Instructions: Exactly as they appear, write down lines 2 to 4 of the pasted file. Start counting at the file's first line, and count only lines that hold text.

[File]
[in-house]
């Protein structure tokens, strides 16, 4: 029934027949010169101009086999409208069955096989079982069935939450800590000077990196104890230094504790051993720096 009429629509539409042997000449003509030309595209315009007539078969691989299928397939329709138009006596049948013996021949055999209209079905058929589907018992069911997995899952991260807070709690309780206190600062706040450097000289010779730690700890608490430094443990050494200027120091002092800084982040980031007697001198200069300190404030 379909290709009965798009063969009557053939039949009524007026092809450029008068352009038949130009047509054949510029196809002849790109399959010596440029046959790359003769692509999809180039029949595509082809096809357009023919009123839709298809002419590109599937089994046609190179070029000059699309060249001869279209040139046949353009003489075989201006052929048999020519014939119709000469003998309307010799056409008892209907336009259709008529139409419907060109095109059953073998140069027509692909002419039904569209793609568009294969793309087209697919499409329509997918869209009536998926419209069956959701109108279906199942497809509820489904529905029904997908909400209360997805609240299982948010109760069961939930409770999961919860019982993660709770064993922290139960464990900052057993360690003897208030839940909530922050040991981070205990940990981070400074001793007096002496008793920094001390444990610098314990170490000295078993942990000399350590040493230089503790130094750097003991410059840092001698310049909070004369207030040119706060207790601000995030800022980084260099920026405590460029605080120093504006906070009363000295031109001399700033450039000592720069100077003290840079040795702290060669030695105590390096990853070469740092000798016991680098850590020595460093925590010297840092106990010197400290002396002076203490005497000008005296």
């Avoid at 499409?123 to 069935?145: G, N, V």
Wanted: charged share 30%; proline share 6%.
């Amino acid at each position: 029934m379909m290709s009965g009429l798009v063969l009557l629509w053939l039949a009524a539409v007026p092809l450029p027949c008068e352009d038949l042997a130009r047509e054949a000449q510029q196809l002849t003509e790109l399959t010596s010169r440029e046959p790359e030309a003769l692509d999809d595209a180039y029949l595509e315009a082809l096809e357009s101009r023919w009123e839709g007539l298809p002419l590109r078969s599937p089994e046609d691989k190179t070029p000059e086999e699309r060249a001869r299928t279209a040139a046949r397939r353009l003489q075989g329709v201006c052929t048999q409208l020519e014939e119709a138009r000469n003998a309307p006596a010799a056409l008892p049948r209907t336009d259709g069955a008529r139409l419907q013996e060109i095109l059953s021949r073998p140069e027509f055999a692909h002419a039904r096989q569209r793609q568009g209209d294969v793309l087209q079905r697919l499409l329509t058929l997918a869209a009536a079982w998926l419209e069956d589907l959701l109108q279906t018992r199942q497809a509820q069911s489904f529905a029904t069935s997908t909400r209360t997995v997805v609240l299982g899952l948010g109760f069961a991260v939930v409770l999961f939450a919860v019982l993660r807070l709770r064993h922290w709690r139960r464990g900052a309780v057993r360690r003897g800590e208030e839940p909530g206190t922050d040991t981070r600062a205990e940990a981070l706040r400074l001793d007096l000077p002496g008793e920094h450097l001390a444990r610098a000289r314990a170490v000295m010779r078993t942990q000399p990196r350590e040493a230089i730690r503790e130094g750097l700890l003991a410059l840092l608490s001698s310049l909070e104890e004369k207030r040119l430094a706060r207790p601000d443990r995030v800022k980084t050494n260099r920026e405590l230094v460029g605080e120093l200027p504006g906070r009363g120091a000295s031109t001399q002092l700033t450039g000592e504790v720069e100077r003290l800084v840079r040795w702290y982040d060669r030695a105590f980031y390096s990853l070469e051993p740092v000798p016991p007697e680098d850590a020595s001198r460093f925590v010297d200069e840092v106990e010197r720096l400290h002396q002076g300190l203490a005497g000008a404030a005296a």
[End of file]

């Protein structure tokens, strides 16, 4: 029934027949010169101009086999409208069955096989079982069935939450800590000077990196104890230094504790051993720096 009429629509539409042997000449003509030309595209315009007539078969691989299928397939329709138009006596049948013996021949055999209209079905058929589907018992069911997995899952991260807070709690309780206190600062706040450097000289010779730690700890608490430094443990050494200027120091002092800084982040980031007697001198200069300190404030 379909290709009965798009063969009557053939039949009524007026092809450029008068352009038949130009047509054949510029196809002849790109399959010596440029046959790359003769692509999809180039029949595509082809096809357009023919009123839709298809002419590109599937089994046609190179070029000059699309060249001869279209040139046949353009003489075989201006052929048999020519014939119709000469003998309307010799056409008892209907336009259709008529139409419907060109095109059953073998140069027509692909002419039904569209793609568009294969793309087209697919499409329509997918869209009536998926419209069956959701109108279906199942497809509820489904529905029904997908909400209360997805609240299982948010109760069961939930409770999961919860019982993660709770064993922290139960464990900052057993360690003897208030839940909530922050040991981070205990940990981070400074001793007096002496008793920094001390444990610098314990170490000295078993942990000399350590040493230089503790130094750097003991410059840092001698310049909070004369207030040119706060207790601000995030800022980084260099920026405590460029605080120093504006906070009363000295031109001399700033450039000592720069100077003290840079040795702290060669030695105590390096990853070469740092000798016991680098850590020595460093925590010297840092106990010197400290002396002076203490005497000008005296």
């Avoid at 499409?123 to 069935?145: G, N, V």
Wanted: charged share 30%; proline share 6%.